CSI: Crime Scene Investigation - Internal Combustion

Tuesday 6 April 2010 at 9.00pm on Five

The hit crime drama continues its tenth season. In this episode, the sudden death of a high-school student leads to the discovery of a dead cheerleader in a tree. Just as it is beginning to look like an open-and-shut case, the CSIs uncover a strange connection between the dead teenagers and an underground drag-racing scene.

When 17-year-old Trevor drops dead at school during a confrontation with another pupil, Ray and Al are called in to perform the autopsy. Both pathologists are baffled by the apparent lack of internal or external injuries suffered by their victim. “Healthy young men like this don’t simply drop dead for no reason,” says Ray. “I concur,” agrees Al, opening up the teenager’s skull. “That’s why I’m still looking.” Al lifts off the top half of the skull, and both men gasp as the brain virtually bursts out of the dead youth’s head. Ray immediately suspects that an unknown medical condition may have caused Trevor’s brain to swell following a blow to the head. A few scans support his theory, but the CSIs still need to establish when and how Trevor received the blow that ultimately killed him.

However, the investigators’ attention quickly turns from Trevor to his girlfriend, Cindy, who has not been seen since the night before her boyfriend’s death. At the high school attended by both teenagers, Sara meets Cindy’s best friend, Renata. Renata tells Sara that she has been texting Cindy frantically since learning about Trevor’s death, but has received no replies. Sara recognises that something sinister must be afoot – but has Cindy fled because she was involved in Trevor’s death, or did she come to harm at her boyfriend’s hands?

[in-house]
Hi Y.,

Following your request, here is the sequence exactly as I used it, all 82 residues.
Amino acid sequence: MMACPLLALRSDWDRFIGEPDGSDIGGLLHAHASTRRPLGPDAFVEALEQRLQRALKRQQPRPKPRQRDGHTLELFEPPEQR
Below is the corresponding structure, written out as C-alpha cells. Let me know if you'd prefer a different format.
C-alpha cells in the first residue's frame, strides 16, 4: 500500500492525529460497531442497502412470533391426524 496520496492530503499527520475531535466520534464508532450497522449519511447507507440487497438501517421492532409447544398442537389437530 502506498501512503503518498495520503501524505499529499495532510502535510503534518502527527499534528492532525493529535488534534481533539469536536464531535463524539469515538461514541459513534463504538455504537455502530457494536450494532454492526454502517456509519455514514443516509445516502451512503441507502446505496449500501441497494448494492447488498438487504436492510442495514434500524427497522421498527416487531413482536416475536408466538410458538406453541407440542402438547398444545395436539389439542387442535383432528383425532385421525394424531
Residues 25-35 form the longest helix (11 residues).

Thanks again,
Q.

Meanwhile, Nick inspects Trevor’s beloved car – a vintage hot rod with an electric engine and built-in computer. Ominously, the CSIs find Cindy’s phone inside. “They say the only way to get a teenage girl away from her cellphone is to pry it from her cold, dead hand,” says Nick. “Well, whoever ‘they’ are, let’s hope they’re wrong,” answers Sara. Back at base, Sara finds pictures of Cindy with another guy on her mobile phone, as well as a video of a fistfight between Trevor and the same man. With Cindy still missing, it looks more and more like her boyfriend may have had a motive for murder.

Thanks to the computer in Trevor’s car, the CSIs establish the route of the last journey he took before he died. Using this route as a search perimeter, they discover Cindy’s body in a tree in the middle of the desert. There are no tyre tracks or footprints at the scene, leaving the investigators temporarily baffled as to how Cindy’s body got there. “It’s like she just… fell from the sky,” says Greg. However, Sara’s quick thinking leads them to the answer. “If you take a car travelling at highway speed and you hit someone just right – a girl this size, and this weight – she could fly the length of a football field,” she tells David.

When the CSIs widen their search area accordingly, they discover a trail of blood and two distinct tread marks in the road. It seems that Cindy was hit and thrown hundreds of feet into the air as she waved the starting flag for an illegal drag race. But was Trevor callous enough to flee the scene and leave his girlfriend to die? And how did he sustain the injury that in turn killed him?


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